In a more recent decision, the Court of Appeals for the Seventh Circuit went even further. In re Kreisler and Erenberg, No. 06-3881, 2008 WL 4613880 (7th Cir. Oct. 20, 2008), involved two individual chapter 7 debtors, Barry Kreisler and Marsha Erenberg, who together had formed a separate corporation to purchase a secured claim in their Chapter 7 cases at a significant discount. The debtors, who were real-estate developers, directly or indirectly owned certain real properties located in Chicago. The properties were encumbered by three mortgage liens, including a junior lien in favor of Community Bank of Ravenswood on account of loans made to an affiliate of the Debtors.
In 2002, each debtor filed for protection under Chapter 11 of the United States Bankruptcy Code. Several months later, the cases were converted to Chapter 7 and a bankruptcy trustee was appointed to jointly administer the debtors' bankruptcy estates. Community Bank filed secured claims for nearly $900,000 in each case. As the bankruptcy proceedings threatened to drag out, Community Bank ultimately decided that it wanted to get out of the bankruptcy proceedings. According to the trustee, Community Bank approached her to make a deal and proposed to reduce its claim to $15,000 in exchange for the trustee's help in obtaining court approval to foreclose on another property; however, no agreement was ever reached.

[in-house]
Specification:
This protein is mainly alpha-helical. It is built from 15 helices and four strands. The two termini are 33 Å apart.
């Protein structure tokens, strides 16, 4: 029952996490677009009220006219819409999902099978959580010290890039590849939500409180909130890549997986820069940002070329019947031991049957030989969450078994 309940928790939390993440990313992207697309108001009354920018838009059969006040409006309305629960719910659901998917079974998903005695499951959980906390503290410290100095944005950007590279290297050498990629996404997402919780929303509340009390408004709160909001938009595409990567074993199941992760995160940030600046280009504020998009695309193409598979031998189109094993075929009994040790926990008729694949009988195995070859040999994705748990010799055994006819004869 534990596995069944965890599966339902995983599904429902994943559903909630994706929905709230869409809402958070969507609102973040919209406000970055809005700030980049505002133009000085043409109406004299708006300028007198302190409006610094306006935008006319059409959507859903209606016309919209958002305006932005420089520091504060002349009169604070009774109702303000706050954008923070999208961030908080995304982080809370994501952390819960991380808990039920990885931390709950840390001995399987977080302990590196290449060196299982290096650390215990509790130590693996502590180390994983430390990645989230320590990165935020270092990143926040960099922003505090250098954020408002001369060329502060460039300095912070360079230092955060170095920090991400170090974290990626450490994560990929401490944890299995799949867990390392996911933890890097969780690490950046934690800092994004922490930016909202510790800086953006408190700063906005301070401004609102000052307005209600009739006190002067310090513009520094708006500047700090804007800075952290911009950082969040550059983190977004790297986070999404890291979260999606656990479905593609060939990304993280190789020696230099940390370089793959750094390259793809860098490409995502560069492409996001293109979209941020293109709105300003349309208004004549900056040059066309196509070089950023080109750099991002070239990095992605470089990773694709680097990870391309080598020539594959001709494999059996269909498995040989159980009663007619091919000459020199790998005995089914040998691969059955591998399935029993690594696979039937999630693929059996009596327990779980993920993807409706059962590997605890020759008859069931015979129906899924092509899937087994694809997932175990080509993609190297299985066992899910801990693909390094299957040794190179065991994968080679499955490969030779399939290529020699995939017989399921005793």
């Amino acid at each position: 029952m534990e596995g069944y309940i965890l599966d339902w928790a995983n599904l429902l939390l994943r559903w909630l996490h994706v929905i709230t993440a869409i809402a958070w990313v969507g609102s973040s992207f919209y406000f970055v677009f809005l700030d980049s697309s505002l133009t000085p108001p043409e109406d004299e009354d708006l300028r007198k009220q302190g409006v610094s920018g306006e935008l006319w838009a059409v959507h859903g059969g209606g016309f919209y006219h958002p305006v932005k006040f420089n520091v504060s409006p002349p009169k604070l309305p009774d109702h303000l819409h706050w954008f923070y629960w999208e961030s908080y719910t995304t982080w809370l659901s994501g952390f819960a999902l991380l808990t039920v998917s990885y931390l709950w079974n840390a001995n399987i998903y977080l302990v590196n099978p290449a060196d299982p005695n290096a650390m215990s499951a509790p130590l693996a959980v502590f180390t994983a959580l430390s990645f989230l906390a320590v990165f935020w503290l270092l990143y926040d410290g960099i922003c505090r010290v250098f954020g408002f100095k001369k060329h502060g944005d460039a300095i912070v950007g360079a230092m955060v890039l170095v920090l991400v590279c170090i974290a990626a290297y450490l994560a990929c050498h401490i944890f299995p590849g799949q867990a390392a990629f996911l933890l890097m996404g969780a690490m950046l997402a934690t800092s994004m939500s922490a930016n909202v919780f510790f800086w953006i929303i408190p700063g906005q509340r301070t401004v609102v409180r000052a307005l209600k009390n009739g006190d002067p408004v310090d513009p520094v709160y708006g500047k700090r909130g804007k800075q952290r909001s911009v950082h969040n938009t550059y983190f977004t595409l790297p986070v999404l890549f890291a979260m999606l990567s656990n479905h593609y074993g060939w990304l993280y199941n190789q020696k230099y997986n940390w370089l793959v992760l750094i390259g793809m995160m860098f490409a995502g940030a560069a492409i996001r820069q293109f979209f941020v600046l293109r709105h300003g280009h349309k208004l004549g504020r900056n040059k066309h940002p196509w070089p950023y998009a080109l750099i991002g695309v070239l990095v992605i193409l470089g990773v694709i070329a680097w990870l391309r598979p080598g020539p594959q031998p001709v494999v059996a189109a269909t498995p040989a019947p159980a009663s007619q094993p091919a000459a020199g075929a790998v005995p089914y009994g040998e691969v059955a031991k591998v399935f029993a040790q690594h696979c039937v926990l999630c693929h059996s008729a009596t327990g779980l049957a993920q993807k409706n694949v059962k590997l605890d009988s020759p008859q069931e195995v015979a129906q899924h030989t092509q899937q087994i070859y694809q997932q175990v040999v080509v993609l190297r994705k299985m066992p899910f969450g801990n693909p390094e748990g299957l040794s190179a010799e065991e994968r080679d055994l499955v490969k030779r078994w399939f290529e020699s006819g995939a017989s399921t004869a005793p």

The debtors ultimately decided to try to purchase Community Bank's claim for themselves. They formed a separate company, Garlin Mortgage Corporation, for that purpose and ultimately Garlin purchased the claim at a deep discount for $16,500 with funds loaned from another corporation controlled by one of the debtors. The debtors did not disclose their relationship with Garlin to either the bankruptcy court or the trustee. Further, Garlin's organizational documents listed a family member of one debtor and a close friend of the other as the owners and directors of such corporation, although neither had contributed any capital to the corporation or participated in any of Garlin's operations. Most of the negotiations with Community Bank were conducted by Kreisler himself, and he was to receive a $35,000 fee from Garlin payable upon settlement of Garlin's claim against the debtors' estates.
Community Bank assigned its note and secured claim to Garlin. The bankruptcy court subsequently entered orders in the debtors' cases granting a motion by the Trustee to sell the properties, with any liens to attach to the sale proceeds. Garlin, as assignee of Community Bank, filed a claim, as did the first priority mortgage holder on the properties. After the sale and payment in full of the first priority mortgage holder's lien from the proceeds thereof, Garlin asserted that it was entitled to payment in full of its secured claim from the remaining proceeds. Payment of Garlin's claim would leave effectively no funds for payments to unsecured creditors.